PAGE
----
The storytelling approach has underpinned much of what we’ve done over the past seven years, including food safety infosheets and the posts in Now we, along with our colleague Tanya MacLaurin of Guelph (who used to be at Kansas State, go figure) can say, see, these things work. And here’s how it’s done.

From the K-State press release this morning:

Food safety advice may fail because it’s too prescriptive — wash your hands, use a thermometer — and it often doesn’t include stories to make such information relevant. Researchers at North Carolina State University, Kansas State University and the University of Guelph have found that using short food safety stories with vibrant graphics can be a better training tool for food service workers.

A new paper by the researchers in the British Food Journal details the concept, creation and distribution of food safety infosheets, like those found at These single-page posters are created around a current food safety issue or outbreak, and are supplemented with graphics and information targeted at the food service industry. The infosheets are used to provide food safety risk-reduction information to generate behavior change and support a food safety culture.

"Food safety infosheets were designed with the goal of communicating risk reduction messages with the objective of changing behavior," said Ben Chapman, assistant professor in the department of 4-H youth development and family and consumer sciences at North Carolina State. "These infosheets differ from much of what is currently used in training, because we focus on the consequences of mishandling food by providing real examples taken from recent events."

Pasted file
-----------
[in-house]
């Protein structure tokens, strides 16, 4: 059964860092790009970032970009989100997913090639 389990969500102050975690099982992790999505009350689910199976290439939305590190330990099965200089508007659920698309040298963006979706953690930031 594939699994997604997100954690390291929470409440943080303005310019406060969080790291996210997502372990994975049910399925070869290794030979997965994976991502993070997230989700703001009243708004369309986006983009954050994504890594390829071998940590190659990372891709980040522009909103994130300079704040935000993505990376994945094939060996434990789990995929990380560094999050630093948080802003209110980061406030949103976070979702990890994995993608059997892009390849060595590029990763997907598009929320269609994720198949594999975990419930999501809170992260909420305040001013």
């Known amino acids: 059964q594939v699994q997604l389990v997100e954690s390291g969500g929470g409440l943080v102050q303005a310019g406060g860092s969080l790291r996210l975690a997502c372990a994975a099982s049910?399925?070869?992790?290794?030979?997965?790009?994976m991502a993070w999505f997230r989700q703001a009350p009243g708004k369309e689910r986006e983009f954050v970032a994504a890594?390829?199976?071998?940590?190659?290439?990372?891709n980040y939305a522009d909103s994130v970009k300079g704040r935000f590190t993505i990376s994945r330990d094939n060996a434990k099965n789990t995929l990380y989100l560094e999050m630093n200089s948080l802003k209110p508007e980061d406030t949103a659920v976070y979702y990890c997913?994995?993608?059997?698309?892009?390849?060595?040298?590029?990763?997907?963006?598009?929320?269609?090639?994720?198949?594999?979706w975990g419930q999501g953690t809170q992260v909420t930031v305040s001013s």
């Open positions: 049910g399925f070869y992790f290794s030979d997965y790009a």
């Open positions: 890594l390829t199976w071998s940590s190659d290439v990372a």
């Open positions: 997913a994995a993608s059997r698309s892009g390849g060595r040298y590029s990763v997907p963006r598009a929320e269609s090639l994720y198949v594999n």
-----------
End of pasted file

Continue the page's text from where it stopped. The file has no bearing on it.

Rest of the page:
A recent food safety infosheet detailed an outbreak of E. coli O157 linked to a festival in Winnipeg, Canada, that sickened 40. Another focused on food preparation and cooling for large crowds, sparked by an outbreak at a church turkey dinner in Kansas that sickened 159.

"Whether it’s a waitress, a line cook or the stock boy, people learn through stories," said Doug Powell, an associate professor of food safety at K-State. "We want to reach out to the last person who touched your food and make it safer."

Over the course of two years and using multiple methods, food safety infosheets transformed from a text-heavy memo to compelling, story-laden posters supported with contextual messages on what a food handler could do to reduce food safety risks, according to the researchers.

As part of the design phase of the infosheets, Chapman spent 185 hours working as a dishwasher in a local restaurant.

"We felt it was important to really immerse into the culture of a food handler, and get a better understanding of what types of conversations occurred and what the hierarchy was like," Chapman said. "The experience directed us to refocus our messages to be a bit edgier and include references to celebrity and music where possible."